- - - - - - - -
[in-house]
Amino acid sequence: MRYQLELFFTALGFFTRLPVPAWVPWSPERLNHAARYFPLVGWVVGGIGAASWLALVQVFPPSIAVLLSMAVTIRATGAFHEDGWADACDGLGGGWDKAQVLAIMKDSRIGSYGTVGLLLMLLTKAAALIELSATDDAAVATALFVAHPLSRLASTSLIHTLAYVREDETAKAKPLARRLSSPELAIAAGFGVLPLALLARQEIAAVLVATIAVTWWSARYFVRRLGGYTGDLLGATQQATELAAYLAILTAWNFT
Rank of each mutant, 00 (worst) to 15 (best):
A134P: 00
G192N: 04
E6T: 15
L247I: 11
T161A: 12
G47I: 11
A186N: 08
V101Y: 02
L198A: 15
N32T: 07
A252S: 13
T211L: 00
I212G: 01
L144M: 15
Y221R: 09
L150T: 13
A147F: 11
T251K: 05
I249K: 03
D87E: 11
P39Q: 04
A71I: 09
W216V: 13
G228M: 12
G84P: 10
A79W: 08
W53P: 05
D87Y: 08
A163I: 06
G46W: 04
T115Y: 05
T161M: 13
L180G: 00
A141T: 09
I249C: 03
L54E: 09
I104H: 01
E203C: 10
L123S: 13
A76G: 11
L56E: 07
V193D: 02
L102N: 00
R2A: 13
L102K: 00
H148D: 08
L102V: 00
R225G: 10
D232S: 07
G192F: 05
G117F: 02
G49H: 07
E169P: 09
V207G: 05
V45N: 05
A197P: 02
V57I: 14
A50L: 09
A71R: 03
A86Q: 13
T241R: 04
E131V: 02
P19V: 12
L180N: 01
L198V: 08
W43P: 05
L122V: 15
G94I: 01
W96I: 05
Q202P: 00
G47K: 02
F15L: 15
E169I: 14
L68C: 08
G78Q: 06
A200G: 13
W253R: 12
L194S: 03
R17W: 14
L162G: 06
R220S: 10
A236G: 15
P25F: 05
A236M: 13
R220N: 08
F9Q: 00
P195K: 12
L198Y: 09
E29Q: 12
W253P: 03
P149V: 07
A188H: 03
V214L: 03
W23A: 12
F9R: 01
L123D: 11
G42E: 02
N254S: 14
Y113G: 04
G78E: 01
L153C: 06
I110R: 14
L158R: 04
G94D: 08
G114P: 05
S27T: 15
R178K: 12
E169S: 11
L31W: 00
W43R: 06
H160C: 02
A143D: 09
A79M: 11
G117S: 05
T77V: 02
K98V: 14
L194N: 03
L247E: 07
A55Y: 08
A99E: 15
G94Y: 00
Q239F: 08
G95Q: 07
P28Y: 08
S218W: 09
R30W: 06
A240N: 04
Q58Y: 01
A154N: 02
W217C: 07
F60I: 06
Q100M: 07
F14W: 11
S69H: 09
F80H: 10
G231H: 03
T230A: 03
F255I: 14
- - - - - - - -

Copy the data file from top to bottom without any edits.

[in-house]
Amino acid sequence: MRYQLELFFTALGFFTRLPVPAWVPWSPERLNHAARYFPLVGWVVGGIGAASWLALVQVFPPSIAVLLSMAVTIRATGAFHEDGWADACDGLGGGWDKAQVLAIMKDSRIGSYGTVGLLLMLLTKAAALIELSATDDAAVATALFVAHPLSRLASTSLIHTLAYVREDETAKAKPLARRLSSPELAIAAGFGVLPLALLARQEIAAVLVATIAVTWWSARYFVRRLGGYTGDLLGATQQATELAAYLAILTAWNFT
Rank of each mutant, 00 (worst) to 15 (best):
A134P: 00
G192N: 04
E6T: 15
L247I: 11
T161A: 12
G47I: 11
A186N: 08
V101Y: 02
L198A: 15
N32T: 07
A252S: 13
T211L: 00
I212G: 01
L144M: 15
Y221R: 09
L150T: 13
A147F: 11
T251K: 05
I249K: 03
D87E: 11
P39Q: 04
A71I: 09
W216V: 13
G228M: 12
G84P: 10
A79W: 08
W53P: 05
D87Y: 08
A163I: 06
G46W: 04
T115Y: 05
T161M: 13
L180G: 00
A141T: 09
I249C: 03
L54E: 09
I104H: 01
E203C: 10
L123S: 13
A76G: 11
L56E: 07
V193D: 02
L102N: 00
R2A: 13
L102K: 00
H148D: 08
L102V: 00
R225G: 10
D232S: 07
G192F: 05
G117F: 02
G49H: 07
E169P: 09
V207G: 05
V45N: 05
A197P: 02
V57I: 14
A50L: 09
A71R: 03
A86Q: 13
T241R: 04
E131V: 02
P19V: 12
L180N: 01
L198V: 08
W43P: 05
L122V: 15
G94I: 01
W96I: 05
Q202P: 00
G47K: 02
F15L: 15
E169I: 14
L68C: 08
G78Q: 06
A200G: 13
W253R: 12
L194S: 03
R17W: 14
L162G: 06
R220S: 10
A236G: 15
P25F: 05
A236M: 13
R220N: 08
F9Q: 00
P195K: 12
L198Y: 09
E29Q: 12
W253P: 03
P149V: 07
A188H: 03
V214L: 03
W23A: 12
F9R: 01
L123D: 11
G42E: 02
N254S: 14
Y113G: 04
G78E: 01
L153C: 06
I110R: 14
L158R: 04
G94D: 08
G114P: 05
S27T: 15
R178K: 12
E169S: 11
L31W: 00
W43R: 06
H160C: 02
A143D: 09
A79M: 11
G117S: 05
T77V: 02
K98V: 14
L194N: 03
L247E: 07
A55Y: 08
A99E: 15
G94Y: 00
Q239F: 08
G95Q: 07
P28Y: 08
S218W: 09
R30W: 06
A240N: 04
Q58Y: 01
A154N: 02
W217C: 07
F60I: 06
Q100M: 07
F14W: 11
S69H: 09
F80H: 10
G231H: 03
T230A: 03
F255I: 14